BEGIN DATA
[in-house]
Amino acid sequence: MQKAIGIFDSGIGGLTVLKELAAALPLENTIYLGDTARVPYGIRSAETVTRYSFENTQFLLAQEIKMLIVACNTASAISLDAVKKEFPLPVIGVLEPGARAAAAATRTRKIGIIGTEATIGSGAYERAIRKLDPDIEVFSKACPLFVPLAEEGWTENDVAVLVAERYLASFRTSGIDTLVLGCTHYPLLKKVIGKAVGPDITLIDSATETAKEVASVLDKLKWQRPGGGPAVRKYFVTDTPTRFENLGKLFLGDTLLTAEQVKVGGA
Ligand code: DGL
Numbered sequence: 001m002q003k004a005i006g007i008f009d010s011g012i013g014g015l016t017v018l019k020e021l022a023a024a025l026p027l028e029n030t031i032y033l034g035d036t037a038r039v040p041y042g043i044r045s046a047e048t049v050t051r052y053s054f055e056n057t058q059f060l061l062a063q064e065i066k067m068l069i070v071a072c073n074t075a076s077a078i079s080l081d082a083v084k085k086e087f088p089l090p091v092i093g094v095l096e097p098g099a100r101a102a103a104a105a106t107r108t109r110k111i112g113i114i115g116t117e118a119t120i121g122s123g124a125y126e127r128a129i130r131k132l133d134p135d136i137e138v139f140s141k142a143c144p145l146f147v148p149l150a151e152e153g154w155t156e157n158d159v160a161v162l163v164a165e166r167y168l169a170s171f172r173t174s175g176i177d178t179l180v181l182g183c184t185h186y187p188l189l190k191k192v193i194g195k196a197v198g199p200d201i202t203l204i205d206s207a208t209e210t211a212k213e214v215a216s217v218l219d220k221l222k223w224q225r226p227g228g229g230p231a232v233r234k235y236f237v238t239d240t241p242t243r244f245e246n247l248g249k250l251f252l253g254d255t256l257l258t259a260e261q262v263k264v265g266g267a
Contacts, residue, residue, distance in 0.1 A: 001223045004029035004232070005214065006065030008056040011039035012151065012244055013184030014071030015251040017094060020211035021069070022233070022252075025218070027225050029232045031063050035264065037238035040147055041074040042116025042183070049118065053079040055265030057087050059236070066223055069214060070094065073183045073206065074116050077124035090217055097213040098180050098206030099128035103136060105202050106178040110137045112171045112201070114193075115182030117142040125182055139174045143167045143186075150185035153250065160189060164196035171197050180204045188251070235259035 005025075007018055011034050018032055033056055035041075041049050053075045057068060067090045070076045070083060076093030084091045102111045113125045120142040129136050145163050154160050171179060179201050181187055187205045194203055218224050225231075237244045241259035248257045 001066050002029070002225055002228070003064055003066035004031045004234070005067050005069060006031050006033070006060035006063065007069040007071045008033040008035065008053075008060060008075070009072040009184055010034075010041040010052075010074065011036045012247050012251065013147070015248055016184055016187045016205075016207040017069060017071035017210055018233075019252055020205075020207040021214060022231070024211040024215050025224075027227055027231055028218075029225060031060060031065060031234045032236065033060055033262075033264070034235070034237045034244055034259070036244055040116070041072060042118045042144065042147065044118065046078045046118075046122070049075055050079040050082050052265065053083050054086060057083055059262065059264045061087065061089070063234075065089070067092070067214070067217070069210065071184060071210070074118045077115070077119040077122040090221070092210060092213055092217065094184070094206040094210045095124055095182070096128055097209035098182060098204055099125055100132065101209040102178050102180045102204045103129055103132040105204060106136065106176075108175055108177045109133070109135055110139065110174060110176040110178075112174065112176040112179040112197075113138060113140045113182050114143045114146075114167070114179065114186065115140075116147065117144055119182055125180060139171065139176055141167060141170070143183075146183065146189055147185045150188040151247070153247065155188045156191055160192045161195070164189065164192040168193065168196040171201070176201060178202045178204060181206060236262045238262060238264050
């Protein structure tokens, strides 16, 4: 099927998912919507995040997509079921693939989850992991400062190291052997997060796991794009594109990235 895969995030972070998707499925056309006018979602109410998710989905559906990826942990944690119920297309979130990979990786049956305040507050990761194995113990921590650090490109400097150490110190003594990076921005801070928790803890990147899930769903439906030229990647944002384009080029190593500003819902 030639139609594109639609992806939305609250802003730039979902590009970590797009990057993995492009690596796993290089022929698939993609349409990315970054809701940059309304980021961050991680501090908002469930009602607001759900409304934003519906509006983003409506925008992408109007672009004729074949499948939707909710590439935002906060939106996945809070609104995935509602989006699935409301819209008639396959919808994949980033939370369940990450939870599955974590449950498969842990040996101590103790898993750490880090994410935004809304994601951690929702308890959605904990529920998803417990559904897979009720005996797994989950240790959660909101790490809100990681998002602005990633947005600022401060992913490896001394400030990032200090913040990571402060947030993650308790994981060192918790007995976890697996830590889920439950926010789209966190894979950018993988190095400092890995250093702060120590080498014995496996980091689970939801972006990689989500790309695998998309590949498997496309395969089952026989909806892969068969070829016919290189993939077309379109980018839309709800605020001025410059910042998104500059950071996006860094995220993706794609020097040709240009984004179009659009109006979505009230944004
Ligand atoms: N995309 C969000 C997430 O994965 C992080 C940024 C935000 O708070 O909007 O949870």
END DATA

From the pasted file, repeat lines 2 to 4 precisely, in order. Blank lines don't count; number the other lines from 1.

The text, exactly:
Amino acid sequence: MQKAIGIFDSGIGGLTVLKELAAALPLENTIYLGDTARVPYGIRSAETVTRYSFENTQFLLAQEIKMLIVACNTASAISLDAVKKEFPLPVIGVLEPGARAAAAATRTRKIGIIGTEATIGSGAYERAIRKLDPDIEVFSKACPLFVPLAEEGWTENDVAVLVAERYLASFRTSGIDTLVLGCTHYPLLKKVIGKAVGPDITLIDSATETAKEVASVLDKLKWQRPGGGPAVRKYFVTDTPTRFENLGKLFLGDTLLTAEQVKVGGA
Ligand code: DGL
Numbered sequence: 001m002q003k004a005i006g007i008f009d010s011g012i013g014g015l016t017v018l019k020e021l022a023a024a025l026p027l028e029n030t031i032y033l034g035d036t037a038r039v040p041y042g043i044r045s046a047e048t049v050t051r052y053s054f055e056n057t058q059f060l061l062a063q064e065i066k067m068l069i070v071a072c073n074t075a076s077a078i079s080l081d082a083v084k085k086e087f088p089l090p091v092i093g094v095l096e097p098g099a100r101a102a103a104a105a106t107r108t109r110k111i112g113i114i115g116t117e118a119t120i121g122s123g124a125y126e127r128a129i130r131k132l133d134p135d136i137e138v139f140s141k142a143c144p145l146f147v148p149l150a151e152e153g154w155t156e157n158d159v160a161v162l163v164a165e166r167y168l169a170s171f172r173t174s175g176i177d178t179l180v181l182g183c184t185h186y187p188l189l190k191k192v193i194g195k196a197v198g199p200d201i202t203l204i205d206s207a208t209e210t211a212k213e214v215a216s217v218l219d220k221l222k223w224q225r226p227g228g229g230p231a232v233r234k235y236f237v238t239d240t241p242t243r244f245e246n247l248g249k250l251f252l253g254d255t256l257l258t259a260e261q262v263k264v265g266g267a